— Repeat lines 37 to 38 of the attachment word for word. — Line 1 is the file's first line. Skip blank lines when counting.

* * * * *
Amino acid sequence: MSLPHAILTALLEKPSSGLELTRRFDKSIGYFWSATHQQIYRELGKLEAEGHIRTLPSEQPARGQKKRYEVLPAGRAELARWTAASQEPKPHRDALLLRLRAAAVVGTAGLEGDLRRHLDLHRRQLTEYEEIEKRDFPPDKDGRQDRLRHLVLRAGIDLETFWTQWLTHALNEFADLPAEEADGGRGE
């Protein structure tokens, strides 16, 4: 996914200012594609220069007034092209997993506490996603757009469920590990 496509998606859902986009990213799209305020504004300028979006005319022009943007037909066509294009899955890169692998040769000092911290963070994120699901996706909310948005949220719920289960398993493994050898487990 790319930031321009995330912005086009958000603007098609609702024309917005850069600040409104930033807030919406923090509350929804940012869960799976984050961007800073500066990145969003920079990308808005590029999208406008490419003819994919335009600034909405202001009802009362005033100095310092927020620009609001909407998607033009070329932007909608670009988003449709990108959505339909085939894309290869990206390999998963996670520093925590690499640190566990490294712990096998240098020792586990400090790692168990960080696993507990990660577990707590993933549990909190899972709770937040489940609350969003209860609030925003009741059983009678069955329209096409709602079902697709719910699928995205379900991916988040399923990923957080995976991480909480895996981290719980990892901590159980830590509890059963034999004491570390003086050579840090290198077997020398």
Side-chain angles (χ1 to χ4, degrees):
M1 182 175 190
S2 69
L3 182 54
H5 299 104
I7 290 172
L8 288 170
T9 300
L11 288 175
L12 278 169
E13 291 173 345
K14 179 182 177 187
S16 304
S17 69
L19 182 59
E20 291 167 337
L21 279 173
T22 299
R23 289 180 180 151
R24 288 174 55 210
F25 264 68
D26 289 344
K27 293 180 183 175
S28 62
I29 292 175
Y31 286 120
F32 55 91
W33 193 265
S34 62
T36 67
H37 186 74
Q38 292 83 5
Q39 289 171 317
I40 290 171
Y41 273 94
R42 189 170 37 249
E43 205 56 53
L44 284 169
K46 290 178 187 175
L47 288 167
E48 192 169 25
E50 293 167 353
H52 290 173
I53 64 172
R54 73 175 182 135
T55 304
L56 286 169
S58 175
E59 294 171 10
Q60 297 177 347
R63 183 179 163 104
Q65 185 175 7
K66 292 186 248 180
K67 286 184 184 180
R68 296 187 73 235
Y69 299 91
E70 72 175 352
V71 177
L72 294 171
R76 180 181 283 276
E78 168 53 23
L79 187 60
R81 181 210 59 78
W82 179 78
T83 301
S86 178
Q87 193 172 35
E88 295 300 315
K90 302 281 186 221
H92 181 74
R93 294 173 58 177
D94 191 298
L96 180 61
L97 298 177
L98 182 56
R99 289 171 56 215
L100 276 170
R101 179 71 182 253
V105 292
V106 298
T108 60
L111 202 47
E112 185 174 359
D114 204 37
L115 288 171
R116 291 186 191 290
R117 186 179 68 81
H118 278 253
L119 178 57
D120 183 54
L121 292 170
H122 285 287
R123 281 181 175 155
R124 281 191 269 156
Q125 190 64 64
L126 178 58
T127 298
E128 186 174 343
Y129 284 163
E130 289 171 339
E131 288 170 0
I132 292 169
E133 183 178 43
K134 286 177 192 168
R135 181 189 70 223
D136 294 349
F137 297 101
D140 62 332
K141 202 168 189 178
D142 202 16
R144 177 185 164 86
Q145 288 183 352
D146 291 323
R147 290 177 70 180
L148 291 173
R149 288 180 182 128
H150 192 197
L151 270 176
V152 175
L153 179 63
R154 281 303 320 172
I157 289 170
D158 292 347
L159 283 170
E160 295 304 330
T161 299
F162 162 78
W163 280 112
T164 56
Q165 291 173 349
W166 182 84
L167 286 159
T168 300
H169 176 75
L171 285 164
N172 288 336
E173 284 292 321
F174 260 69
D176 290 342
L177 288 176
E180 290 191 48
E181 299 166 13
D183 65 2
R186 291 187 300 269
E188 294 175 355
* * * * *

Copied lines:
Y41 273 94
R42 189 170 37 249